21/04/2020 06:00 BST

Coronavirus Means Ramadan Will Be More Challenging Than Ever For Muslims Like Me

With mosques closed, family meals cancelled and fear of food shortages, this year’s month of fasting will be unlike any other before, writes Shahed Ezaydi.

Courtesy of the author
Family meals, like the above, are normally a fixture for the author's family during Ramadan.

Ramadan, as you will probably know, is an annual religious period for Muslims all over the world that involves the act of fasting for a month. It’s one of the five key pillars of Islam, and is such an important time for us. It’s the month in which the Quran was first revealed, and when the gates of Heaven are open, and so good deeds have a greater reward. 

In this month, we try to go back to the very basics and embrace our faith and spirituality. Our daily fast serves as a grounding reminder of the privileges we all have in our daily lives; it’s both a time for self-reflection and a time to think of others. 

It’s also, usually, a social time for family, friends and the community. We regularly gather to celebrate and reconnect over big and delicious meals. Mosques host communal meals too, and help our community see each other, and pray and worship together. 

Ramadan is a vibrant and deeply moving period of time for Muslims like me. But, as with everything, coronavirus and lockdown mean this Ramadan will be quite different. And I’m worried that this year it will be clouded in tension and anxiety, especially for my family with my dad working in the NHS, and it won’t feel the same.

No more visits from family and friends, no more big communal meals outside the home, no more going to the mosque for meals or prayers.

The pandemic and social distancing measures we have brought in are, of course, completely needed and required – but they will also severely affect how Muslims are able to approach and conduct themselves through this holy month. All gatherings outside family households will be cancelled. No more visits from family and friends, no more big communal meals outside the home, no more going to the mosque for meals or prayers. We will all have to break our fast at home. This is quite a drastic move away from what’s normal for us in this usually social period, and already I’ve heard family and friends tell me ‘it just won’t feel like Ramadan this year’.

I’m lucky that, in my case, I will fast at home with my immediate family. Mum will still make her delicious food, including personal favourites of vegetable samosas and biryani, and we will still sit down at dusk to eat and be grateful for the day. My dad won’t go to the mosque any more, something he usually puts a lot more effort in doing during Ramadan, but we will still pray at home together. We won’t be able to meet with family or friends, but I guess that’s what video calling is now for.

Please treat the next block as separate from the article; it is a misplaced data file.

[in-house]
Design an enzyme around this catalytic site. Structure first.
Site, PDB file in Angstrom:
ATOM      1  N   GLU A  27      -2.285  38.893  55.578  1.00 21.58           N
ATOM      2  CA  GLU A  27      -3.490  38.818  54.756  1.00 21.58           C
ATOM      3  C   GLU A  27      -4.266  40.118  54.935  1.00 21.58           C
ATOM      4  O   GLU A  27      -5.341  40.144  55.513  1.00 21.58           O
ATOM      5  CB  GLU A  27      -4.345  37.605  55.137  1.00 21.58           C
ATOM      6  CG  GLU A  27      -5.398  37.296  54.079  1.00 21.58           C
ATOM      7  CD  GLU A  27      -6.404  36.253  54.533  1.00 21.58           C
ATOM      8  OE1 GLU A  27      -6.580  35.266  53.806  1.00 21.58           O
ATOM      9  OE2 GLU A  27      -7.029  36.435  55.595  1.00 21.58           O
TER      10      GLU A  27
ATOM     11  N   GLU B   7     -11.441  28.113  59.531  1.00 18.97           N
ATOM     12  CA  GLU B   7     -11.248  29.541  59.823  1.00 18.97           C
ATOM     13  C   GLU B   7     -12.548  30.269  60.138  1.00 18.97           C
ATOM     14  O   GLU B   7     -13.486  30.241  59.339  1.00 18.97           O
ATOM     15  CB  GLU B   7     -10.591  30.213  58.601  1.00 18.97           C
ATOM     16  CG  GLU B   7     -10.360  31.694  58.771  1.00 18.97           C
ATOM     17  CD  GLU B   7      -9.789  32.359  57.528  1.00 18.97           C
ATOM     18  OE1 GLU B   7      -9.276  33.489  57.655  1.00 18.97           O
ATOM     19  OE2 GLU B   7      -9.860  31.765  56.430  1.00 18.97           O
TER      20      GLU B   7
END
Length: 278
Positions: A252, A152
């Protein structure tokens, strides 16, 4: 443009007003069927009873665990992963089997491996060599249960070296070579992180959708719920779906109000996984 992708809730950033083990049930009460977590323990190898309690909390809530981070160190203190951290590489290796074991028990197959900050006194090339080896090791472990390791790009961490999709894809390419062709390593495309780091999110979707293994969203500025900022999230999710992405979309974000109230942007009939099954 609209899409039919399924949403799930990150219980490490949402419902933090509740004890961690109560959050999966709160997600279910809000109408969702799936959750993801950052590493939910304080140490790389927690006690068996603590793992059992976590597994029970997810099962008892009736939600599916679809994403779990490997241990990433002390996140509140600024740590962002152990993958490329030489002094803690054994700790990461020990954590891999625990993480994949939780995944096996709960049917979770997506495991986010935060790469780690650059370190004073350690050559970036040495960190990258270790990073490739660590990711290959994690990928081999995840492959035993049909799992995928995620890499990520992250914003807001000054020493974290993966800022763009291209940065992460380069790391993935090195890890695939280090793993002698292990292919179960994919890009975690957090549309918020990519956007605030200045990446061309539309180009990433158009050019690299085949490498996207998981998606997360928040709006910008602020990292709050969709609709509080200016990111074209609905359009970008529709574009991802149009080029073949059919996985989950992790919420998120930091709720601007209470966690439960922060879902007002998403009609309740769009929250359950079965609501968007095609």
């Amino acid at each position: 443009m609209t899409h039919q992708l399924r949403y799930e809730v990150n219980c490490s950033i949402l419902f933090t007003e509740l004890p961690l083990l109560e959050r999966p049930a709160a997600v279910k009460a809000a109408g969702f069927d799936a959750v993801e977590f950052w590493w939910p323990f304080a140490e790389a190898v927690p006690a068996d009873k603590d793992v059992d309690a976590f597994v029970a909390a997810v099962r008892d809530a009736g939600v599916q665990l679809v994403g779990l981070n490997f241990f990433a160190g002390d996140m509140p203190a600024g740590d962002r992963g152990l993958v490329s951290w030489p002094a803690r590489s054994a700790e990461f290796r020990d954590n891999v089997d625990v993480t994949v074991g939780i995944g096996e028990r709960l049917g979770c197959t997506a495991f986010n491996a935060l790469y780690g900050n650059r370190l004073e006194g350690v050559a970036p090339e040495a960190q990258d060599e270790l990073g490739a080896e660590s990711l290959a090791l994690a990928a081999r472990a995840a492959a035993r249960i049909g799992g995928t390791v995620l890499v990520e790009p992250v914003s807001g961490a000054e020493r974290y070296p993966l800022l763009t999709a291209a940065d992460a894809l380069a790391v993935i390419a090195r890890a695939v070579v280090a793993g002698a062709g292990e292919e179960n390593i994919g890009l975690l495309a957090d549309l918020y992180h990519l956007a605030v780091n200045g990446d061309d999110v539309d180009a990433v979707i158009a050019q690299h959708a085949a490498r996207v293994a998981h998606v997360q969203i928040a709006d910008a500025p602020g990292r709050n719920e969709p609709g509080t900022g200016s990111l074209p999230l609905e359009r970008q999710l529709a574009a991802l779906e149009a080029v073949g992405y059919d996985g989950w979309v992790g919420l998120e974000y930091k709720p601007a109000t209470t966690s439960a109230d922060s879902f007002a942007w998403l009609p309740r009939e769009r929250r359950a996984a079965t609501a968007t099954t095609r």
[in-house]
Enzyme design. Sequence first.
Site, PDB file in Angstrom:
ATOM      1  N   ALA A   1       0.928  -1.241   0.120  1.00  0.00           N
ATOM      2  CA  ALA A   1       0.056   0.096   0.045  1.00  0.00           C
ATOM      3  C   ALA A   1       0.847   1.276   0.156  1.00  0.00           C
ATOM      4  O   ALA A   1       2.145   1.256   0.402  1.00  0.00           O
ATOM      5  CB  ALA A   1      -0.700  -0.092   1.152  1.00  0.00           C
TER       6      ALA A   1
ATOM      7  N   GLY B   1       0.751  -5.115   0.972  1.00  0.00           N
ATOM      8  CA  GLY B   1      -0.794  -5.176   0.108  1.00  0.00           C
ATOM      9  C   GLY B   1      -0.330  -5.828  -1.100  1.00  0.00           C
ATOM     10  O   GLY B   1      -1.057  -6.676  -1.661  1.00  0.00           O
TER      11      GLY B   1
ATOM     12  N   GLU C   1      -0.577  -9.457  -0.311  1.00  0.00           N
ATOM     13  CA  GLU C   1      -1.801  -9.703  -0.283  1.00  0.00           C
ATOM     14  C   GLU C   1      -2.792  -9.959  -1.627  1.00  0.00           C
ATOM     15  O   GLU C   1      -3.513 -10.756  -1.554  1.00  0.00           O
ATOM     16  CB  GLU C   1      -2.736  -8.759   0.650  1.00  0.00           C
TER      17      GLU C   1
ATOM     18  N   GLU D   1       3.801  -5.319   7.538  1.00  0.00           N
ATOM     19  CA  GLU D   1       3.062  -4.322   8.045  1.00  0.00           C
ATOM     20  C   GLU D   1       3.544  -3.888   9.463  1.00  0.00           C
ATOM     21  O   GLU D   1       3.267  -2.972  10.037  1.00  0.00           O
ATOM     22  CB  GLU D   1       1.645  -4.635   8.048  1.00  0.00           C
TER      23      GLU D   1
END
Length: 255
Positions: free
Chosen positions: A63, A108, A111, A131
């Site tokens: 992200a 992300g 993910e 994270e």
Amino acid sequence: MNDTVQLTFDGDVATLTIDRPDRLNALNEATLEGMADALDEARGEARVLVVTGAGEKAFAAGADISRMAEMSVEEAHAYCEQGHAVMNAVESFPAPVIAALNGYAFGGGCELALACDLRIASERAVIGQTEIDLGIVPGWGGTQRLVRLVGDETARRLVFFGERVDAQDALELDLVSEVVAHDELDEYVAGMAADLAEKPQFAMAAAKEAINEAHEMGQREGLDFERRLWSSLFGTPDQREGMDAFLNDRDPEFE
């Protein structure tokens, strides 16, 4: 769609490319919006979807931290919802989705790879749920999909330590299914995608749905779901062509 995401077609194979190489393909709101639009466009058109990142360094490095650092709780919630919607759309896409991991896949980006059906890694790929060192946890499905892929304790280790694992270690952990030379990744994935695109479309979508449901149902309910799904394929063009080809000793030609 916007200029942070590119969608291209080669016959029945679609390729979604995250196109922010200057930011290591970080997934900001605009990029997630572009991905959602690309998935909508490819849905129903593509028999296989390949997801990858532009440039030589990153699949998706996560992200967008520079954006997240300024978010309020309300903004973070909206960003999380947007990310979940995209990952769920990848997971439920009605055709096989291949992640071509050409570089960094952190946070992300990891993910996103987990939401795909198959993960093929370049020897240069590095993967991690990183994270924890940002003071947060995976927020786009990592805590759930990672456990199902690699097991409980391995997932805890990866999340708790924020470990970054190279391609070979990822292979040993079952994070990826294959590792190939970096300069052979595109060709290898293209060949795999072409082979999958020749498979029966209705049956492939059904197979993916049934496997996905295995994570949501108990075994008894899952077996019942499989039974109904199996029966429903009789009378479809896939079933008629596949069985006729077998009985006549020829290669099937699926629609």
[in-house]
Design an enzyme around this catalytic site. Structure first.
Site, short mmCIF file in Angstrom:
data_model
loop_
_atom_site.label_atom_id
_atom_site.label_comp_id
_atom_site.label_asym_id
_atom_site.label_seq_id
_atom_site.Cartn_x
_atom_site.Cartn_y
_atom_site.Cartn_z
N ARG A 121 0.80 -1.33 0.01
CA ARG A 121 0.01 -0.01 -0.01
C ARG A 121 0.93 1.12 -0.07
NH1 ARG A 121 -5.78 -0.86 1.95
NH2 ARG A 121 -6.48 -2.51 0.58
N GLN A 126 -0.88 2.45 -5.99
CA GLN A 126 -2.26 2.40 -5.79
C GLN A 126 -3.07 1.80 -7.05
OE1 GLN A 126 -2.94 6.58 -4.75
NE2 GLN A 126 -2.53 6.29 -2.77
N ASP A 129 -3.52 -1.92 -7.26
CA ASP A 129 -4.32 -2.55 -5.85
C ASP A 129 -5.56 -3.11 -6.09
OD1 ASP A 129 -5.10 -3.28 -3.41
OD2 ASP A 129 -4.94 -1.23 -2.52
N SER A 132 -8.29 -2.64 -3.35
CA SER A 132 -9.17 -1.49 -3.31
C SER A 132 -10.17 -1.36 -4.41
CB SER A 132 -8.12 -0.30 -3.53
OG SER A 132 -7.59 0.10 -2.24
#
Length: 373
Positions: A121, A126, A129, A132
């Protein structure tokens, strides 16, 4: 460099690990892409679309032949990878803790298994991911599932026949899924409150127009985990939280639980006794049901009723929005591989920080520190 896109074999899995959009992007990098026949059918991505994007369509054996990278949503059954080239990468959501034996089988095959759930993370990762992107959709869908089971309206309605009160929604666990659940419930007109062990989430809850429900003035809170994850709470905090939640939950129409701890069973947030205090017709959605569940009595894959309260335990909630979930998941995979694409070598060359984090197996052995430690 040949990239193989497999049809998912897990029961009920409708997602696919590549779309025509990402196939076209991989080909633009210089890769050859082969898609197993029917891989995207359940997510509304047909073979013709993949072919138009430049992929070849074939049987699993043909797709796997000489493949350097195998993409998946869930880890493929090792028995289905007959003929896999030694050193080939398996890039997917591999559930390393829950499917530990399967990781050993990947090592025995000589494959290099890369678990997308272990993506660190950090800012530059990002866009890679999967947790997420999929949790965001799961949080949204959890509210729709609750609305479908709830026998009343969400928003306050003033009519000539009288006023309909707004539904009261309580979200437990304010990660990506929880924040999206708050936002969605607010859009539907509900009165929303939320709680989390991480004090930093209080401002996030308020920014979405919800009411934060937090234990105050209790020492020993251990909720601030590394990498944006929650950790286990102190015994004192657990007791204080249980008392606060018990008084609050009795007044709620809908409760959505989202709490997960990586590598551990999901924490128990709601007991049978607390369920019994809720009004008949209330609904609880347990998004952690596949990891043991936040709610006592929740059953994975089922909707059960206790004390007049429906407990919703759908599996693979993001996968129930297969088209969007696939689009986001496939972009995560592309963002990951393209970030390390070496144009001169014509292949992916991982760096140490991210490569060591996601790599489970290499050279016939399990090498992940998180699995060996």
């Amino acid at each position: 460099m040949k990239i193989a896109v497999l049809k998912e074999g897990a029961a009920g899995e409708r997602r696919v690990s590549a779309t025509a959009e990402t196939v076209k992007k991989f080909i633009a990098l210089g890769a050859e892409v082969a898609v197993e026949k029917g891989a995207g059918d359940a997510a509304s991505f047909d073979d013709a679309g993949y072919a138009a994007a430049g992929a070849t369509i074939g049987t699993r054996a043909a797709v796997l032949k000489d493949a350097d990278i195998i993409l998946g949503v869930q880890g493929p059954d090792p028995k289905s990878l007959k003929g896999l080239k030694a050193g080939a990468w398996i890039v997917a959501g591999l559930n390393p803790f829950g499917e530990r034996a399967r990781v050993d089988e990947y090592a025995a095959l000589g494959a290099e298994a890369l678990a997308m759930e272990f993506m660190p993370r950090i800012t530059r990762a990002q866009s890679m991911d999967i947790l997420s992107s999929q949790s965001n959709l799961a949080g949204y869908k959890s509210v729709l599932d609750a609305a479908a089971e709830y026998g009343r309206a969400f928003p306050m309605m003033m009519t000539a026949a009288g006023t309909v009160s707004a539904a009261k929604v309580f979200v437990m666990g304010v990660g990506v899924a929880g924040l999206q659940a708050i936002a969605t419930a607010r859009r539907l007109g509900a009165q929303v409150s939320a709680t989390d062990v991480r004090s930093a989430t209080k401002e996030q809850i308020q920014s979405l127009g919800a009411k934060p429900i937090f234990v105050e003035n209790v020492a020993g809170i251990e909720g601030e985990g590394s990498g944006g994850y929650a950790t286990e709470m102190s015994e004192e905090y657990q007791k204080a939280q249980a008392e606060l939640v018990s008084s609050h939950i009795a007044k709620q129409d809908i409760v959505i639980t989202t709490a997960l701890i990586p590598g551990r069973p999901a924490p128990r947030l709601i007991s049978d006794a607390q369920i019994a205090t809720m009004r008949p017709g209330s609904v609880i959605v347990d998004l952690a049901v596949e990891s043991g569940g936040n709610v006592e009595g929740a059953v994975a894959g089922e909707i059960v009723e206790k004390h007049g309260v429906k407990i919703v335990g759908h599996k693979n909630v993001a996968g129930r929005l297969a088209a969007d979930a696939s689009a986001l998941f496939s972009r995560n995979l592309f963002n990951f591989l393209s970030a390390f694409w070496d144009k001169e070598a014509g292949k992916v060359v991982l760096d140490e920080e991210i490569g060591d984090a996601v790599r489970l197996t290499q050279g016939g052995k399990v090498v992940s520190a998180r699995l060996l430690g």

For all of us, this Ramadan will be even more about adaptation and resilience. These are feelings we’re used to facing during this time, but this year will require them in extreme forms. To have all the normal adaptations we incorporate into our lives, with the added worry and anxiety around the pandemic will require more strength and resilience.

We also have to be wary of the impact of panic buying. In my experience this has now died down a fair bit but, if there were to be renewed food shortages, then this could have some ramifications for my family and fellow Muslims. We don’t consume as much food or drink during Ramadan, but we still need to break our fast and eat, which would certainly prove more difficult if basic food items weren’t available. 

There are Muslims too who sometimes rely on communal meals at their local mosque. Mosques have been closed since the start of the government lock down, but they are essential to the Muslim community and can be a real hub. Yes, they are places of worship, but they’re also places to see family and friends, and a place where a person can seek help or support. And the closure of mosques will be felt even more during Ramadan. It will mean family and friends won’t come together for prayers or meals. And more importantly, it may mean that some of the more vulnerable Muslims in the community could miss out on vital meals and support to get them through the month. 

I’m choosing to focus on how this unique situation we all find ourselves in has the ability to strip back Ramadan to its true meaning.

Yet it’s not all doom and gloom. This pandemic will unquestionably change the month of Ramadan for us. It will mean encountering some bumps along the road we haven’t really faced before. I was already an anxious person before the pandemic, and so, like others, my anxiety has definitely been exasperated recently. And these feelings will be carried into Ramadan, and my usual coping mechanisms, which include food, will have to be adapted.

But I’m choosing to focus on how this unique situation we all find ourselves in has the ability to strip back Ramadan to its true meaning.

Outside of the big meals and the big family occasions, Ramadan is about properly sitting with our privilege, and thinking about those who are less fortunate than us. It’s about providing a helping hand where needed, and it’s about looking out for your community. That’s never been more important than right now.

Ramadan, I believe, reflects the true spirit of community – and in some ways this crisis has reignited that community spirit in our nation. So this year, when I sit down in the evening to break my fast, I will be thinking and praying not so much for myself, but for all those on the frontline fighting this virus, and for all those affected by it.

Shahed Ezaydi is a freelance journalist. Follow her on Twitter at @shahedezaydi

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